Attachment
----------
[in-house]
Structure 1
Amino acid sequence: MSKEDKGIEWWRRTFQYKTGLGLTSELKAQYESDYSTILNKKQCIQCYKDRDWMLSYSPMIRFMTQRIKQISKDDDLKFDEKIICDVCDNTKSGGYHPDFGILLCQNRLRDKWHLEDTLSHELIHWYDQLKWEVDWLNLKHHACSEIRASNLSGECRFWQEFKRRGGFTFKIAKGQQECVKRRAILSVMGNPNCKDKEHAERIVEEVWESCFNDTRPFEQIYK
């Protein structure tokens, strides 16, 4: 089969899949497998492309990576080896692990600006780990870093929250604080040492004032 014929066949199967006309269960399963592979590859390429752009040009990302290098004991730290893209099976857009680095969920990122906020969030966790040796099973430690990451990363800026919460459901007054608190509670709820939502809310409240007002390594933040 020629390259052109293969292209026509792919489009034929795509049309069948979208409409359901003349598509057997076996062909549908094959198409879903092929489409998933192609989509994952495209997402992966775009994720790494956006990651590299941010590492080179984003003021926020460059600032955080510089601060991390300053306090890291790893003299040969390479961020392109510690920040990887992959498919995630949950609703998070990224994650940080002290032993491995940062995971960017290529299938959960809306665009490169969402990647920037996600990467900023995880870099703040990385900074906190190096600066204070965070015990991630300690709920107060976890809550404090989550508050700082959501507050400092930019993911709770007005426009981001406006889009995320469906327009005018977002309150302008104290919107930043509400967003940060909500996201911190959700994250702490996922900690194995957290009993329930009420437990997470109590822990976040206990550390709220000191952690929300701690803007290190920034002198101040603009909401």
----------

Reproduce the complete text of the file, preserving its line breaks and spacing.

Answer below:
[in-house]
Structure 1
Amino acid sequence: MSKEDKGIEWWRRTFQYKTGLGLTSELKAQYESDYSTILNKKQCIQCYKDRDWMLSYSPMIRFMTQRIKQISKDDDLKFDEKIICDVCDNTKSGGYHPDFGILLCQNRLRDKWHLEDTLSHELIHWYDQLKWEVDWLNLKHHACSEIRASNLSGECRFWQEFKRRGGFTFKIAKGQQECVKRRAILSVMGNPNCKDKEHAERIVEEVWESCFNDTRPFEQIYK
């Protein structure tokens, strides 16, 4: 089969899949497998492309990576080896692990600006780990870093929250604080040492004032 014929066949199967006309269960399963592979590859390429752009040009990302290098004991730290893209099976857009680095969920990122906020969030966790040796099973430690990451990363800026919460459901007054608190509670709820939502809310409240007002390594933040 020629390259052109293969292209026509792919489009034929795509049309069948979208409409359901003349598509057997076996062909549908094959198409879903092929489409998933192609989509994952495209997402992966775009994720790494956006990651590299941010590492080179984003003021926020460059600032955080510089601060991390300053306090890291790893003299040969390479961020392109510690920040990887992959498919995630949950609703998070990224994650940080002290032993491995940062995971960017290529299938959960809306665009490169969402990647920037996600990467900023995880870099703040990385900074906190190096600066204070965070015990991630300690709920107060976890809550404090989550508050700082959501507050400092930019993911709770007005426009981001406006889009995320469906327009005018977002309150302008104290919107930043509400967003940060909500996201911190959700994250702490996922900690194995957290009993329930009420437990997470109590822990976040206990550390709220000191952690929300701690803007290190920034002198101040603009909401």